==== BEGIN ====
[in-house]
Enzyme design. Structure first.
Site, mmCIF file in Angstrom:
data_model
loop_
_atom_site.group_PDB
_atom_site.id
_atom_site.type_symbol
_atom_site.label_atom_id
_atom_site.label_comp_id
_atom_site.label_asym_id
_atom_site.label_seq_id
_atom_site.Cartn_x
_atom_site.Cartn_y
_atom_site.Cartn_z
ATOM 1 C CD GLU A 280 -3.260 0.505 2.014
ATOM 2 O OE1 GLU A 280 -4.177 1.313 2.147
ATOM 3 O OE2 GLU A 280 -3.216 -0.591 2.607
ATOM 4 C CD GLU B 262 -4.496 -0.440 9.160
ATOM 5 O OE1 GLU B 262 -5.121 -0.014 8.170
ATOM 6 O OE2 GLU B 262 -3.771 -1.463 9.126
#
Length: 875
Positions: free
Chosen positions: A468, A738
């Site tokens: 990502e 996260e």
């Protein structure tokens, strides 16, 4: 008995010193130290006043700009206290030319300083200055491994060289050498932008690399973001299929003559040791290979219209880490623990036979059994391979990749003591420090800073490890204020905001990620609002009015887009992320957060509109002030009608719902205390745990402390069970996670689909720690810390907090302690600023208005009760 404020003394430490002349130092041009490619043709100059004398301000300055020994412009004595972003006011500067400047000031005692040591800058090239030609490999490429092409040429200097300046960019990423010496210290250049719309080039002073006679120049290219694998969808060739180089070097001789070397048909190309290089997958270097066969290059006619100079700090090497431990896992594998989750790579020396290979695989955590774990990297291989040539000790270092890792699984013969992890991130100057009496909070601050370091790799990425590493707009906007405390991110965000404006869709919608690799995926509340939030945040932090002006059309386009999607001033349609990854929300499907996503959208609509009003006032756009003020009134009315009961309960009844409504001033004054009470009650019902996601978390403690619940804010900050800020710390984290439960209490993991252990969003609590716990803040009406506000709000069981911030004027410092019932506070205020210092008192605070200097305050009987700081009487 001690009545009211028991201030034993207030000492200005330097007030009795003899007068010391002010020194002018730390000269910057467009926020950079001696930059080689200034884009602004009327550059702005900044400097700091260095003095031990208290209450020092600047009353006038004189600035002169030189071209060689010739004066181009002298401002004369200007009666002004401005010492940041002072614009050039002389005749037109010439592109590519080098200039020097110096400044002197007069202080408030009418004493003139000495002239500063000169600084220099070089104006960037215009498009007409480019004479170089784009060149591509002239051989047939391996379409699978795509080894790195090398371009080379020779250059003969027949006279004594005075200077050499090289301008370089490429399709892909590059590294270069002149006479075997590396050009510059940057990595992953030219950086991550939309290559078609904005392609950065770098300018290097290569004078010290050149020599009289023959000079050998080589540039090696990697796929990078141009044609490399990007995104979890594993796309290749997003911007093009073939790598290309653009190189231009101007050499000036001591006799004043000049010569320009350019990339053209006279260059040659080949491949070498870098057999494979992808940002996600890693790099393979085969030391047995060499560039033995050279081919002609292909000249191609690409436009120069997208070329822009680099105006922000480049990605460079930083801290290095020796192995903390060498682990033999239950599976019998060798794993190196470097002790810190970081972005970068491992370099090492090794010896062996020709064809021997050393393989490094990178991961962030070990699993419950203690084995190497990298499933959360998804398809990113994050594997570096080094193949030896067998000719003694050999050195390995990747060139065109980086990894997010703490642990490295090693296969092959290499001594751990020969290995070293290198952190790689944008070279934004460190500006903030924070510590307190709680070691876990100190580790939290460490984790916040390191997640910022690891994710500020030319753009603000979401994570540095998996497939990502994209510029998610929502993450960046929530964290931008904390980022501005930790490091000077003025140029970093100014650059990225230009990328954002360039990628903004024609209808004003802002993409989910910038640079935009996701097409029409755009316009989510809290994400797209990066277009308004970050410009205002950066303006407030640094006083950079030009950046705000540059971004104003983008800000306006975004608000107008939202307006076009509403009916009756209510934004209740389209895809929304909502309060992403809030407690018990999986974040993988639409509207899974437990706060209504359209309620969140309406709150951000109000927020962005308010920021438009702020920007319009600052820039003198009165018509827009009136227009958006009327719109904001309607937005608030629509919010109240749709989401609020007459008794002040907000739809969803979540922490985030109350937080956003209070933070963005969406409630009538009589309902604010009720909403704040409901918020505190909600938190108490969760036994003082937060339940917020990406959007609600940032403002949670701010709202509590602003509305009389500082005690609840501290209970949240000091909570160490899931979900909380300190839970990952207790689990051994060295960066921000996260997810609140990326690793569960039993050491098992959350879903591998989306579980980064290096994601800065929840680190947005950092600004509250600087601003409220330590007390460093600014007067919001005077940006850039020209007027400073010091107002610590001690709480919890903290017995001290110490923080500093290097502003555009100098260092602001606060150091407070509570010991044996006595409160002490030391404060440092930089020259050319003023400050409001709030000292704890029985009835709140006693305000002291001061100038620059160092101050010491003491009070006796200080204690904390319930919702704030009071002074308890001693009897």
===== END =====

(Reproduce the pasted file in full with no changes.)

[in-house]
Enzyme design. Structure first.
Site, mmCIF file in Angstrom:
data_model
loop_
_atom_site.group_PDB
_atom_site.id
_atom_site.type_symbol
_atom_site.label_atom_id
_atom_site.label_comp_id
_atom_site.label_asym_id
_atom_site.label_seq_id
_atom_site.Cartn_x
_atom_site.Cartn_y
_atom_site.Cartn_z
ATOM 1 C CD GLU A 280 -3.260 0.505 2.014
ATOM 2 O OE1 GLU A 280 -4.177 1.313 2.147
ATOM 3 O OE2 GLU A 280 -3.216 -0.591 2.607
ATOM 4 C CD GLU B 262 -4.496 -0.440 9.160
ATOM 5 O OE1 GLU B 262 -5.121 -0.014 8.170
ATOM 6 O OE2 GLU B 262 -3.771 -1.463 9.126
#
Length: 875
Positions: free
Chosen positions: A468, A738
């Site tokens: 990502e 996260e």
């Protein structure tokens, strides 16, 4: 008995010193130290006043700009206290030319300083200055491994060289050498932008690399973001299929003559040791290979219209880490623990036979059994391979990749003591420090800073490890204020905001990620609002009015887009992320957060509109002030009608719902205390745990402390069970996670689909720690810390907090302690600023208005009760 404020003394430490002349130092041009490619043709100059004398301000300055020994412009004595972003006011500067400047000031005692040591800058090239030609490999490429092409040429200097300046960019990423010496210290250049719309080039002073006679120049290219694998969808060739180089070097001789070397048909190309290089997958270097066969290059006619100079700090090497431990896992594998989750790579020396290979695989955590774990990297291989040539000790270092890792699984013969992890991130100057009496909070601050370091790799990425590493707009906007405390991110965000404006869709919608690799995926509340939030945040932090002006059309386009999607001033349609990854929300499907996503959208609509009003006032756009003020009134009315009961309960009844409504001033004054009470009650019902996601978390403690619940804010900050800020710390984290439960209490993991252990969003609590716990803040009406506000709000069981911030004027410092019932506070205020210092008192605070200097305050009987700081009487 001690009545009211028991201030034993207030000492200005330097007030009795003899007068010391002010020194002018730390000269910057467009926020950079001696930059080689200034884009602004009327550059702005900044400097700091260095003095031990208290209450020092600047009353006038004189600035002169030189071209060689010739004066181009002298401002004369200007009666002004401005010492940041002072614009050039002389005749037109010439592109590519080098200039020097110096400044002197007069202080408030009418004493003139000495002239500063000169600084220099070089104006960037215009498009007409480019004479170089784009060149591509002239051989047939391996379409699978795509080894790195090398371009080379020779250059003969027949006279004594005075200077050499090289301008370089490429399709892909590059590294270069002149006479075997590396050009510059940057990595992953030219950086991550939309290559078609904005392609950065770098300018290097290569004078010290050149020599009289023959000079050998080589540039090696990697796929990078141009044609490399990007995104979890594993796309290749997003911007093009073939790598290309653009190189231009101007050499000036001591006799004043000049010569320009350019990339053209006279260059040659080949491949070498870098057999494979992808940002996600890693790099393979085969030391047995060499560039033995050279081919002609292909000249191609690409436009120069997208070329822009680099105006922000480049990605460079930083801290290095020796192995903390060498682990033999239950599976019998060798794993190196470097002790810190970081972005970068491992370099090492090794010896062996020709064809021997050393393989490094990178991961962030070990699993419950203690084995190497990298499933959360998804398809990113994050594997570096080094193949030896067998000719003694050999050195390995990747060139065109980086990894997010703490642990490295090693296969092959290499001594751990020969290995070293290198952190790689944008070279934004460190500006903030924070510590307190709680070691876990100190580790939290460490984790916040390191997640910022690891994710500020030319753009603000979401994570540095998996497939990502994209510029998610929502993450960046929530964290931008904390980022501005930790490091000077003025140029970093100014650059990225230009990328954002360039990628903004024609209808004003802002993409989910910038640079935009996701097409029409755009316009989510809290994400797209990066277009308004970050410009205002950066303006407030640094006083950079030009950046705000540059971004104003983008800000306006975004608000107008939202307006076009509403009916009756209510934004209740389209895809929304909502309060992403809030407690018990999986974040993988639409509207899974437990706060209504359209309620969140309406709150951000109000927020962005308010920021438009702020920007319009600052820039003198009165018509827009009136227009958006009327719109904001309607937005608030629509919010109240749709989401609020007459008794002040907000739809969803979540922490985030109350937080956003209070933070963005969406409630009538009589309902604010009720909403704040409901918020505190909600938190108490969760036994003082937060339940917020990406959007609600940032403002949670701010709202509590602003509305009389500082005690609840501290209970949240000091909570160490899931979900909380300190839970990952207790689990051994060295960066921000996260997810609140990326690793569960039993050491098992959350879903591998989306579980980064290096994601800065929840680190947005950092600004509250600087601003409220330590007390460093600014007067919001005077940006850039020209007027400073010091107002610590001690709480919890903290017995001290110490923080500093290097502003555009100098260092602001606060150091407070509570010991044996006595409160002490030391404060440092930089020259050319003023400050409001709030000292704890029985009835709140006693305000002291001061100038620059160092101050010491003491009070006796200080204690904390319930919702704030009071002074308890001693009897």